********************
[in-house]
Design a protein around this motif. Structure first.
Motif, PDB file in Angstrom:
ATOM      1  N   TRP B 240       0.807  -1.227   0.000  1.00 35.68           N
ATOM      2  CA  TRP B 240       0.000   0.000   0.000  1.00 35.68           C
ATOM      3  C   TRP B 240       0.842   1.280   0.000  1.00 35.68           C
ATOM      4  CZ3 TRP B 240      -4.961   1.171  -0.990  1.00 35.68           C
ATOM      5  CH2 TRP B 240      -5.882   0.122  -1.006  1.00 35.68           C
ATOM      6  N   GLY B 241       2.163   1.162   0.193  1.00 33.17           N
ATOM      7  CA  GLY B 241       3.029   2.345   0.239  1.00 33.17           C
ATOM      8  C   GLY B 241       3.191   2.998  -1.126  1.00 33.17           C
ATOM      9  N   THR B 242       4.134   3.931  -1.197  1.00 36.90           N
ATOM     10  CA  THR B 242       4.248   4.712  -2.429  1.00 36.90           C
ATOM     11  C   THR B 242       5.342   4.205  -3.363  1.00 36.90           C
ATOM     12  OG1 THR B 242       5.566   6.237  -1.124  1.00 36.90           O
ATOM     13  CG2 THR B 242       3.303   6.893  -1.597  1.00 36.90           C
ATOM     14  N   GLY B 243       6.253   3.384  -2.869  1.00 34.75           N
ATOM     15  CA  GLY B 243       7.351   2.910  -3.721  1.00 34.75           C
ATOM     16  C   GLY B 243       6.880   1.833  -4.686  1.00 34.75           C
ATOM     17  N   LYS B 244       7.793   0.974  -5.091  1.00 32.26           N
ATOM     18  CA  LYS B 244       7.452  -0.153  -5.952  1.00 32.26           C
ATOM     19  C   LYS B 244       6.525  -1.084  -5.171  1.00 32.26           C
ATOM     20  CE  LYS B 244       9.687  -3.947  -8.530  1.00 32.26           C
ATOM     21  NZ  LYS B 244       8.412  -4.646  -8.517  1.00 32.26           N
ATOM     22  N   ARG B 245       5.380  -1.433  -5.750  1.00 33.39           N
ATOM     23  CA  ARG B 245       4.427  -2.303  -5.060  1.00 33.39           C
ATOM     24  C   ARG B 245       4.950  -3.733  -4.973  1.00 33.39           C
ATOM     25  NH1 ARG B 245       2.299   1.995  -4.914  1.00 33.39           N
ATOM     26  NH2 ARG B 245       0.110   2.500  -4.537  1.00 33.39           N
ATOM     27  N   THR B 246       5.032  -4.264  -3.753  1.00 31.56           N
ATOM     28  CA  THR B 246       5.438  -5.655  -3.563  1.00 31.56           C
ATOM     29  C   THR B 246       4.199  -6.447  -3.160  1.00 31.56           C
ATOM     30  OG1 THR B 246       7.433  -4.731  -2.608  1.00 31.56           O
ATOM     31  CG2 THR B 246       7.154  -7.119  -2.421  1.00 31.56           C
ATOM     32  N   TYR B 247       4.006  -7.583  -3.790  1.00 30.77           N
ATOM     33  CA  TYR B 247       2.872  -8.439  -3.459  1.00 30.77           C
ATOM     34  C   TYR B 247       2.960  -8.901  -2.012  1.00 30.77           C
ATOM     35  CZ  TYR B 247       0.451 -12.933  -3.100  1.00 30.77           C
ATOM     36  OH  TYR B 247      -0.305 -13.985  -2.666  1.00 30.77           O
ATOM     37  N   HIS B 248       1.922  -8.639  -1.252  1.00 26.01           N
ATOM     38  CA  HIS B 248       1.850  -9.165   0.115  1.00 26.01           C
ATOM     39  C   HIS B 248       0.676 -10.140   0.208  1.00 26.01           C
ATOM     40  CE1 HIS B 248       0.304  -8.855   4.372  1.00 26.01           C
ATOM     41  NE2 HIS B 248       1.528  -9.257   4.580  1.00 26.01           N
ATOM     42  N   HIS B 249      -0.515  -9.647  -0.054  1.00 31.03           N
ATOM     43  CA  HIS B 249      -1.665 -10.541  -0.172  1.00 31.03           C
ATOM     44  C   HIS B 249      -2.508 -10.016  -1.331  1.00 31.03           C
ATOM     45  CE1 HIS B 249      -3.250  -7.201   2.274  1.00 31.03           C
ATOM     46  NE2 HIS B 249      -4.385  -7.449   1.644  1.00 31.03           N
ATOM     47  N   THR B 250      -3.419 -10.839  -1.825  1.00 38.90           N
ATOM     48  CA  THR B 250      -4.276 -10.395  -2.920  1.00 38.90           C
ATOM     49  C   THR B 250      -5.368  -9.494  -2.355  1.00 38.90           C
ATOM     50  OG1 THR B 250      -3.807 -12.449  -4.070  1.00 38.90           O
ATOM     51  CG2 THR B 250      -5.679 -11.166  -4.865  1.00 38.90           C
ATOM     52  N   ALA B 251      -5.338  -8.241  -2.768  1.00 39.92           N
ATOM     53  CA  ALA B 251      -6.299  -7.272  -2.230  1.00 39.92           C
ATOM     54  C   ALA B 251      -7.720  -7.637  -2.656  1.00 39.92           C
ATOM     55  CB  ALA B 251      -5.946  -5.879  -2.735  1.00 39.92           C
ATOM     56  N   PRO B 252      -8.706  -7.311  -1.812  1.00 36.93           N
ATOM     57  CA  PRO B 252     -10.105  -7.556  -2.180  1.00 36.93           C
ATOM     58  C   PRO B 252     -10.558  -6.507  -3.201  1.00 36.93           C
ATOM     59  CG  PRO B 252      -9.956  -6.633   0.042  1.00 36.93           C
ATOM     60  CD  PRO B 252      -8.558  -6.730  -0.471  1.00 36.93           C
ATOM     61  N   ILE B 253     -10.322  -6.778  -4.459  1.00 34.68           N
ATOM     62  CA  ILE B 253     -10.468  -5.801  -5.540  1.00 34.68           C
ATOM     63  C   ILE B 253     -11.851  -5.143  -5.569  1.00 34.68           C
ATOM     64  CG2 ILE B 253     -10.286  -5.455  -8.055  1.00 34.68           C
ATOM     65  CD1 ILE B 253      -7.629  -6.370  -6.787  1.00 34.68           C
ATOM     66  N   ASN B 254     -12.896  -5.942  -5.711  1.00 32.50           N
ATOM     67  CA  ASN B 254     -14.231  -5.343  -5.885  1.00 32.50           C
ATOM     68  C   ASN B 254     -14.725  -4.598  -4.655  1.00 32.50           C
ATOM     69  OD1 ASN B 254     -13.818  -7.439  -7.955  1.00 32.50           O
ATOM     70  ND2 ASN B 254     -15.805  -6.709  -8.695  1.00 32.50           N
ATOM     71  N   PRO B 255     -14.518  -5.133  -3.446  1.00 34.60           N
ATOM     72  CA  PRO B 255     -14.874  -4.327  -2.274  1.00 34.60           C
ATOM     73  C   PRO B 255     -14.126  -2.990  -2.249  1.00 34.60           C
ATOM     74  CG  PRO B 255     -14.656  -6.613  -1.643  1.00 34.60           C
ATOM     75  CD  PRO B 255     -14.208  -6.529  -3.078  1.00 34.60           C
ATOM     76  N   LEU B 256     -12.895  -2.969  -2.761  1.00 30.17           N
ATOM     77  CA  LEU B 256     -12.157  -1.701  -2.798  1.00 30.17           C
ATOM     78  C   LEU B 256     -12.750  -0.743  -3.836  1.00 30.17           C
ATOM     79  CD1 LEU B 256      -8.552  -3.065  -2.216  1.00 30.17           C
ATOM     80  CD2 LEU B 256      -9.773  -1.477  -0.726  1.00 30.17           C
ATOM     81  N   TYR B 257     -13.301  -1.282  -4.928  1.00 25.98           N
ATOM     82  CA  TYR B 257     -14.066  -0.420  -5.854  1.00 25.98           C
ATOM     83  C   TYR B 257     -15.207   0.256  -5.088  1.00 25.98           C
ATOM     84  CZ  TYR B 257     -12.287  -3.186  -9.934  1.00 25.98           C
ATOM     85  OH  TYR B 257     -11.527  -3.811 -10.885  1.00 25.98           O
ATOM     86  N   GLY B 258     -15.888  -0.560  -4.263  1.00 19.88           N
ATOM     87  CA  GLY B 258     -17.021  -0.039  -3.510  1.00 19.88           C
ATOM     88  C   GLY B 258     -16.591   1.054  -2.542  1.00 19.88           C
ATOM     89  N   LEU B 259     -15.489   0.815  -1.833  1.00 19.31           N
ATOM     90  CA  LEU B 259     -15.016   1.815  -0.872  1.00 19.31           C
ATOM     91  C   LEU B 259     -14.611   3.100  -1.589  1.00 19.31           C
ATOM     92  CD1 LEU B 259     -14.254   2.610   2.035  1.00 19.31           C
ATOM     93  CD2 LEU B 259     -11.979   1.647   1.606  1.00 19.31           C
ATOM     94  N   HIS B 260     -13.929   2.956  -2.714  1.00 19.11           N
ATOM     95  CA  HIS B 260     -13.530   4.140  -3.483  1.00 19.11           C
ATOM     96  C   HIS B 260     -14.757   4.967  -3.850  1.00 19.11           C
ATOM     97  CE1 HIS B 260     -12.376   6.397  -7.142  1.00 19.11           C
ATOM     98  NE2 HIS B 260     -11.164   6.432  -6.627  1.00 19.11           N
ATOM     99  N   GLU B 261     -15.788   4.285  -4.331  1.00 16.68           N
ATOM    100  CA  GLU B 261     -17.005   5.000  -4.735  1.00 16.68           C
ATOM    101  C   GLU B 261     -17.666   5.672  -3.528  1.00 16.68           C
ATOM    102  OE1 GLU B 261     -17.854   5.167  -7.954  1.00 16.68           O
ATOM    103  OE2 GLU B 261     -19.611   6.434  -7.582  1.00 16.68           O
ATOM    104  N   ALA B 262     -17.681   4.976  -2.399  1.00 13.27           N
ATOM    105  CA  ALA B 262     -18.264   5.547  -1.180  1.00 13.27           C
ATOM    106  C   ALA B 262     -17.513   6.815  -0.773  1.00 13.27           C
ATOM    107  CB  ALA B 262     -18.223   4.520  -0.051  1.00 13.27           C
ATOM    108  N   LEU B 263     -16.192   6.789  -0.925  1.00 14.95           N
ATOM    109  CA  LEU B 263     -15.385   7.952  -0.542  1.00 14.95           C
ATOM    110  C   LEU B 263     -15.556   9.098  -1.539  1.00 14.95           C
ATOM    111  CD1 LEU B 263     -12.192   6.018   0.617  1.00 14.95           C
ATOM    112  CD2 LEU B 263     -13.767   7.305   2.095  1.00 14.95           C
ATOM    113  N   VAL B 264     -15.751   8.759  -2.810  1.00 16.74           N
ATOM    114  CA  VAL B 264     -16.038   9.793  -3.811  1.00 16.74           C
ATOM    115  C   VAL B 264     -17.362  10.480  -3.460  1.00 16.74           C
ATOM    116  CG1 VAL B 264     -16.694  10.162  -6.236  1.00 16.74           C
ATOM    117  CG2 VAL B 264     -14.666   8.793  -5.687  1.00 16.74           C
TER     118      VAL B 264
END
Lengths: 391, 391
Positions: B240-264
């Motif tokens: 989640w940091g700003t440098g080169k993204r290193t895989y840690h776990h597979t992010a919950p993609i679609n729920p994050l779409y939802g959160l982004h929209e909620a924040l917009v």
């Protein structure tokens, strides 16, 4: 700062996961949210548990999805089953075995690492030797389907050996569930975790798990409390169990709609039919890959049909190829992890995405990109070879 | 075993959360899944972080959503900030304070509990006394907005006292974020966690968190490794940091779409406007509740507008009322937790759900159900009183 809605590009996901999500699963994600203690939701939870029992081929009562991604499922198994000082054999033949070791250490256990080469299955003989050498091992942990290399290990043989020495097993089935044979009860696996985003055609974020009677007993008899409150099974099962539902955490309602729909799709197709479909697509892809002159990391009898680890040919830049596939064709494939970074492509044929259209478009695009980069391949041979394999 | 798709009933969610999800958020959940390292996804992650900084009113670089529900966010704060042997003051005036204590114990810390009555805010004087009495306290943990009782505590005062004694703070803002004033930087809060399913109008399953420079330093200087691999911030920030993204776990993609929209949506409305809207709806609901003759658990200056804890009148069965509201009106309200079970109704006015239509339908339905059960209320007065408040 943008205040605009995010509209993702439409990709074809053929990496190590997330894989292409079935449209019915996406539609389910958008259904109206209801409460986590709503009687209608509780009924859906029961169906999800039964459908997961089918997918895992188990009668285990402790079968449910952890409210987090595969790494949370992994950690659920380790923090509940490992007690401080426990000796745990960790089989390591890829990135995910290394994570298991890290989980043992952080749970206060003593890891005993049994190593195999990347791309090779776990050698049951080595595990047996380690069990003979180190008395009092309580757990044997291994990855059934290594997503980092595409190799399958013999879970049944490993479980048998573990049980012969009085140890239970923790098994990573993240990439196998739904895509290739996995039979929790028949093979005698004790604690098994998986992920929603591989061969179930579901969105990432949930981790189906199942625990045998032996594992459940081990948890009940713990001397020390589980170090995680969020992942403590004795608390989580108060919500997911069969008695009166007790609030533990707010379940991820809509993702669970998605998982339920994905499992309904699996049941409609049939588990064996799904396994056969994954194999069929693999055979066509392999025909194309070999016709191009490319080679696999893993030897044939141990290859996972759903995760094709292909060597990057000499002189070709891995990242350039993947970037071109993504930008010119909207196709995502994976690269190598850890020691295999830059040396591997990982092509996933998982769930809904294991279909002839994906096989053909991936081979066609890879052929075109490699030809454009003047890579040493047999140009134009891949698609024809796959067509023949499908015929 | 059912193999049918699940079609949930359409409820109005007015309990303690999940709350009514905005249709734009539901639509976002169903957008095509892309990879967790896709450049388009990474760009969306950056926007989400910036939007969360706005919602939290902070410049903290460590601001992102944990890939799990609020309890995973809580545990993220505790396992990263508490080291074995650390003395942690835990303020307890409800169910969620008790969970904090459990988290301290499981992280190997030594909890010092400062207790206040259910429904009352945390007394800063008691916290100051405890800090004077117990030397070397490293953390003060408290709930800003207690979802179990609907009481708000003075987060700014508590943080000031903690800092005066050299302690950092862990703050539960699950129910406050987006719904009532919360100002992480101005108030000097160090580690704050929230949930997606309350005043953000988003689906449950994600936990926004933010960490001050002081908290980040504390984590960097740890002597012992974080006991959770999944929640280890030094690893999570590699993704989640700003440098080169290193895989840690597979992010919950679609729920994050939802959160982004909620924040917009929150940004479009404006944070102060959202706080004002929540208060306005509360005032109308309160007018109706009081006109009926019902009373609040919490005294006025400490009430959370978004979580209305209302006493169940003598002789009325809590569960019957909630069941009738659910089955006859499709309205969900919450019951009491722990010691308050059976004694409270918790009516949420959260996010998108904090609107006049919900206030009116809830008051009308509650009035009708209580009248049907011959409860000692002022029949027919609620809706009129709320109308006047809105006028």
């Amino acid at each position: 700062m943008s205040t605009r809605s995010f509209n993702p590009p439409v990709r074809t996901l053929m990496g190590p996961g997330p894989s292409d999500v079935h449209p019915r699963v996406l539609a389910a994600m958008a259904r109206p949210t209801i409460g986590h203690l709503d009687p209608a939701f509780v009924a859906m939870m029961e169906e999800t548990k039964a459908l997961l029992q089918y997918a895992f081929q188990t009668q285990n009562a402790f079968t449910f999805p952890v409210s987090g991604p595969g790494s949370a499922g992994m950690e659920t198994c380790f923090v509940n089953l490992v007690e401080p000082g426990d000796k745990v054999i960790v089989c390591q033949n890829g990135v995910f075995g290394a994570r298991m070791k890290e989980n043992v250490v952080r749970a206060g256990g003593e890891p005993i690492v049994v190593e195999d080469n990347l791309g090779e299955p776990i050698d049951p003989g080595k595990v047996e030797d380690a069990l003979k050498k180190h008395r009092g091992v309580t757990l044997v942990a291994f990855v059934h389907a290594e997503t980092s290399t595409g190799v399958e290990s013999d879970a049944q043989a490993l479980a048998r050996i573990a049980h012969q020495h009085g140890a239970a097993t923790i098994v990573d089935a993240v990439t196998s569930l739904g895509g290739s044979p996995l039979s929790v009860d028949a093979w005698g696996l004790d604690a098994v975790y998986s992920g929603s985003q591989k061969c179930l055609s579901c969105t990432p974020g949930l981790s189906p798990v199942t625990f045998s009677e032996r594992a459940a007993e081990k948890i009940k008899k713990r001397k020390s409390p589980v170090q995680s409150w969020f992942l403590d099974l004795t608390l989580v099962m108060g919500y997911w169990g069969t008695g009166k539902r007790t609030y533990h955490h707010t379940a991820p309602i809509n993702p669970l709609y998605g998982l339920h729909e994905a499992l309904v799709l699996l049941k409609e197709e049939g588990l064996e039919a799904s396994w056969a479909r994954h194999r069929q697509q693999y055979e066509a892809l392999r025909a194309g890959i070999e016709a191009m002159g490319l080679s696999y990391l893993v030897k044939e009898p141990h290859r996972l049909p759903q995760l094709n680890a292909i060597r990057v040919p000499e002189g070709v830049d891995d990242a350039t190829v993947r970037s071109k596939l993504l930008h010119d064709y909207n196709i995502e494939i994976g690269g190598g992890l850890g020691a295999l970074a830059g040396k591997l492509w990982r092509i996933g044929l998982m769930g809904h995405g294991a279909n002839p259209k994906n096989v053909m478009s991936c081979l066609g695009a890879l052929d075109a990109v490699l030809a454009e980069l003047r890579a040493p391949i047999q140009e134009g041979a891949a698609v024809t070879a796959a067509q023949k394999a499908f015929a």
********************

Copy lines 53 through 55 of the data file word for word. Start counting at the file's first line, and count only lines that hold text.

ATOM     50  OG1 THR B 250      -3.807 -12.449  -4.070  1.00 38.90           O
ATOM     51  CG2 THR B 250      -5.679 -11.166  -4.865  1.00 38.90           C
ATOM     52  N   ALA B 251      -5.338  -8.241  -2.768  1.00 39.92           N